An Empirical Justification for the Use of Draft Lottery Numbers as a Random Treatment in Political Science Research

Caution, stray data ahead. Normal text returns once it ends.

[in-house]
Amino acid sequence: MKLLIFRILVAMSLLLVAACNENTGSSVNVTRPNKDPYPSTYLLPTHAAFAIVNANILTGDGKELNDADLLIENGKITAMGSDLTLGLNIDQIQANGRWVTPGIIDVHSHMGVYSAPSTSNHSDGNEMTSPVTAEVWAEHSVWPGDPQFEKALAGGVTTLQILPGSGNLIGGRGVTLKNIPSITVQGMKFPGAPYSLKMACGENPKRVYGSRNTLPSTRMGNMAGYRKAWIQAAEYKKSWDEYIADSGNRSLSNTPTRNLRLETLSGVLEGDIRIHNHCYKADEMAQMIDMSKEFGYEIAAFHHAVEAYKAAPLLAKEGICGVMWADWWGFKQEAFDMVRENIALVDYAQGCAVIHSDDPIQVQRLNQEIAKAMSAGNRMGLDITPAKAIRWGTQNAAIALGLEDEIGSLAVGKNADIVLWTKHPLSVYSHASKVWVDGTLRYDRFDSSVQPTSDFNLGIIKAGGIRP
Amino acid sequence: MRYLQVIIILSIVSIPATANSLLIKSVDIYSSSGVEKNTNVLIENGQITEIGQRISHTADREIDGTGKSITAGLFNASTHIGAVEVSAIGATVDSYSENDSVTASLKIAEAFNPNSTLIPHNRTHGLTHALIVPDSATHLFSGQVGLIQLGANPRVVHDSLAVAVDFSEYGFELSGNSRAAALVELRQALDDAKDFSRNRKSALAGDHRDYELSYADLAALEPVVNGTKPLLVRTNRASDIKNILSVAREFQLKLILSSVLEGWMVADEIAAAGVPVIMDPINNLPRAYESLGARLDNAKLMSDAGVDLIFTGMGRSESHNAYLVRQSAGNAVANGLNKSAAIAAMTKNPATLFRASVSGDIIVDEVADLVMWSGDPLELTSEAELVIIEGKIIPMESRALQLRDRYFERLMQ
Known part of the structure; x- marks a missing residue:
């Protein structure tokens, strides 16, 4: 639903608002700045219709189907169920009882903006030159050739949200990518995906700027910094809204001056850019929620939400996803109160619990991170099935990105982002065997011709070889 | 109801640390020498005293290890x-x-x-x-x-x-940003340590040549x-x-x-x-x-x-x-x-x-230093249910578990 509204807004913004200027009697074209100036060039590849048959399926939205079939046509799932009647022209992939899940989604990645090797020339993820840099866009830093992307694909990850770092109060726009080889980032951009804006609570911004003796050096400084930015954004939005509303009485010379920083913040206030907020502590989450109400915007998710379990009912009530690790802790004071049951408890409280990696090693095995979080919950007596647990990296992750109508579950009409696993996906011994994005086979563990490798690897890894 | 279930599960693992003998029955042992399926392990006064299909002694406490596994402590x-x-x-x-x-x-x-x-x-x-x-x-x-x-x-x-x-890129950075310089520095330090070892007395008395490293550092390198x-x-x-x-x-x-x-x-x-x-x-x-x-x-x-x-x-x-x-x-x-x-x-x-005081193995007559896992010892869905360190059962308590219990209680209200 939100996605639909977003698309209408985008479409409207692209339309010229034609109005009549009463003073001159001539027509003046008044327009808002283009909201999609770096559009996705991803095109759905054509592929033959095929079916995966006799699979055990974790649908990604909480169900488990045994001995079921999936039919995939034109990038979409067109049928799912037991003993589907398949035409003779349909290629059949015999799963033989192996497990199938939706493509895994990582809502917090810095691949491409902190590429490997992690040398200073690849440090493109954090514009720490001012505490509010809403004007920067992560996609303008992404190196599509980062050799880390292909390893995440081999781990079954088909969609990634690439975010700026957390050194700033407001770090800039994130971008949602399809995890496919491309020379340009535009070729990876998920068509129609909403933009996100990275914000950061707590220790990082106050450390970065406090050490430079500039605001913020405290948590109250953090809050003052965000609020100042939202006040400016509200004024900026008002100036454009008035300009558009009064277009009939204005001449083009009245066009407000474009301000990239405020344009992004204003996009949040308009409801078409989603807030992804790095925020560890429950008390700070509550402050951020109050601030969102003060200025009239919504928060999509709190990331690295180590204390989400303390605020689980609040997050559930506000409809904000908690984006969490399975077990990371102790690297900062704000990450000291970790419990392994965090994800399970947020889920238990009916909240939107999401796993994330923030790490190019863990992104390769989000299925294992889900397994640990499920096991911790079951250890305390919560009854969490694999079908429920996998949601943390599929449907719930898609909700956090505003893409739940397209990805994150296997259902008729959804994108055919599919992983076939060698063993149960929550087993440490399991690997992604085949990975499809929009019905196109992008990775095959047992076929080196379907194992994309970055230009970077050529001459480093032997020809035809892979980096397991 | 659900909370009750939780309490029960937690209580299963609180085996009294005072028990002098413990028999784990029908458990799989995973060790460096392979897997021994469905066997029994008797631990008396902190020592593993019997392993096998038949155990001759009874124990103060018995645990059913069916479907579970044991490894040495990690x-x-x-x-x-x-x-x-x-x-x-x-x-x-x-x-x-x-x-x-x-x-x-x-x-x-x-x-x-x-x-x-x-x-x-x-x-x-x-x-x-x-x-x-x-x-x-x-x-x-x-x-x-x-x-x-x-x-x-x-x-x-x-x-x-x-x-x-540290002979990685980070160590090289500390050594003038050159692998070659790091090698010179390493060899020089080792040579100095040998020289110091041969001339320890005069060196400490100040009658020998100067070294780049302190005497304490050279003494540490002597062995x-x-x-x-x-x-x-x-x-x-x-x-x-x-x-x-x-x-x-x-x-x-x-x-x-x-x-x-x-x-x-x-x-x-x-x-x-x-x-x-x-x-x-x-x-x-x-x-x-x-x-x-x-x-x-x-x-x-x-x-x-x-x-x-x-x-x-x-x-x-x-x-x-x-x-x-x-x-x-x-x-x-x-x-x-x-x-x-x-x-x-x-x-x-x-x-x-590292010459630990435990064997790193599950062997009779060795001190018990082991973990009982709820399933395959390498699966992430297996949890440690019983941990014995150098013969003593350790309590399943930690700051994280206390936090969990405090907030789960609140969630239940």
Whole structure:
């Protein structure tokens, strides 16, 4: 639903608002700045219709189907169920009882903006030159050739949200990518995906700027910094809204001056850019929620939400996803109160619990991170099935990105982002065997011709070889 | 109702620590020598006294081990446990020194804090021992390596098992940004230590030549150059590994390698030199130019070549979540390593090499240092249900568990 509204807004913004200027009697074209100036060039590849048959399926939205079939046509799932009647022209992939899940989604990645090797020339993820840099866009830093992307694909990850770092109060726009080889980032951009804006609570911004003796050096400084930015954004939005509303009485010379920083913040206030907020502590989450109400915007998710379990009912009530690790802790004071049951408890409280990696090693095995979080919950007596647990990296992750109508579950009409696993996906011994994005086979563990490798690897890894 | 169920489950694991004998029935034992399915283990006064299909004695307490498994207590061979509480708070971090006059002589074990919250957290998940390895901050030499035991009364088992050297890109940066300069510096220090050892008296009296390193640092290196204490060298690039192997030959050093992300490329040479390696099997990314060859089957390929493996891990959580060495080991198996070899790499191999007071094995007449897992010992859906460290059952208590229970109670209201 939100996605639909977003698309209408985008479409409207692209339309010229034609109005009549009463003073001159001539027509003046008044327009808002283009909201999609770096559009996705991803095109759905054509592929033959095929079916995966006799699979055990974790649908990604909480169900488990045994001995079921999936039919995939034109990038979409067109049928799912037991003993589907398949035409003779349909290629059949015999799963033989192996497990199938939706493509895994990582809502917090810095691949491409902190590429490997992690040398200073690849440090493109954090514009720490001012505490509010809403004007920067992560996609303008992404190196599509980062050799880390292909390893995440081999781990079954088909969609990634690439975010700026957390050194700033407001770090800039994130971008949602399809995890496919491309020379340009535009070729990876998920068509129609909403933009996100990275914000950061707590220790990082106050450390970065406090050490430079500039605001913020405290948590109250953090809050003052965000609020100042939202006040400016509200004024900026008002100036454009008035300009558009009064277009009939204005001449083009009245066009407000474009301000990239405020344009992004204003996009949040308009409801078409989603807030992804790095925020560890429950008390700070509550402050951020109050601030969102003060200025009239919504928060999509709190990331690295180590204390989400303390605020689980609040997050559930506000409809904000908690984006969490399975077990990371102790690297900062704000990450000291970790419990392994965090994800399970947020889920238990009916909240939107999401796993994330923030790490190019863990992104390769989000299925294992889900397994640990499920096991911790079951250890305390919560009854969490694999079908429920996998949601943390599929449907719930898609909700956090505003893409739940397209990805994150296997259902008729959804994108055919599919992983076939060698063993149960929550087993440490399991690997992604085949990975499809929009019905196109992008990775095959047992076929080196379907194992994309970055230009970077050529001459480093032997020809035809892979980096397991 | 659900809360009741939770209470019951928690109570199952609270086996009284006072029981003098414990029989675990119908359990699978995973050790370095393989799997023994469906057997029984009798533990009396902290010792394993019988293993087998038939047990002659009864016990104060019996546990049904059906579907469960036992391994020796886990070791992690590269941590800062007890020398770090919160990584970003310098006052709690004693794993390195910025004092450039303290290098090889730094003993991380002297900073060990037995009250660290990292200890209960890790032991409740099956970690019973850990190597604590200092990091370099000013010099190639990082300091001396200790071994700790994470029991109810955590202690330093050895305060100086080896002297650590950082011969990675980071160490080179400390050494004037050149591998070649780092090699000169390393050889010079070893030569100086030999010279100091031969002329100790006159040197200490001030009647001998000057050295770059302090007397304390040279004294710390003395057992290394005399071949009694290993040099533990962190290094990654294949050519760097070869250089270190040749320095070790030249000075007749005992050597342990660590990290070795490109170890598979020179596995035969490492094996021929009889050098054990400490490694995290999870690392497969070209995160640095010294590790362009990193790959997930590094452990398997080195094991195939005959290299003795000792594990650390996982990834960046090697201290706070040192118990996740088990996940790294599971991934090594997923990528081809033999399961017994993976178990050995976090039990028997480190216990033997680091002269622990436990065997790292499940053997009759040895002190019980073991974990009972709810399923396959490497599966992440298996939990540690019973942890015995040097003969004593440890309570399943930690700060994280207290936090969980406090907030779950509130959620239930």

In a series of papers in the 1990s, Joshua Angrist and Alan Krueger (1991, 1992) sparked interest in the use of the draft lotteries held with the United States in the late 1960s and early 1970s as an instrument for economic outcomes. Over the last few years, there has been growing use of the draft lottery instrument within political science to study political attitudes and behaviors. The lottery is indeed a potentially powerful design because, if conducted correctly, it should provide true randomization for the “treatment” of military service (or behavioral reactions to the threat of such service). However, the first draft lottery conducted in 1969 was not conducted in a truly random manner. Because the Selective Service officials employed faulty procedures, the randomization failed. As a result, those men with birthdates at the end of the year were more likely to have low draft numbers than citizens with birthdates earlier in the year (meaning that they were more likely to be called to service). Previous research suggests that people born at the end of the year are different on key demographic markers than those born earlier in the year. Given the nature of the randomization failure in 1969, the use of draft lottery numbers could confound the effect of the draft with established quarter-of-birth effects. In practice, though, there are small and largely statistically insignificant differences on politically relevant variables between those individuals born early in the year and those born later in the year. Thus, researchers can treat the 1969 draft lottery numbers as if they were assigned at random. However, to account for unmeasured differences based on quarter of birth, I suggest that when using draft numbers as instruments in analyses, researchers should include robustness tests which include measures for the respondents’ quarter or month of birth.
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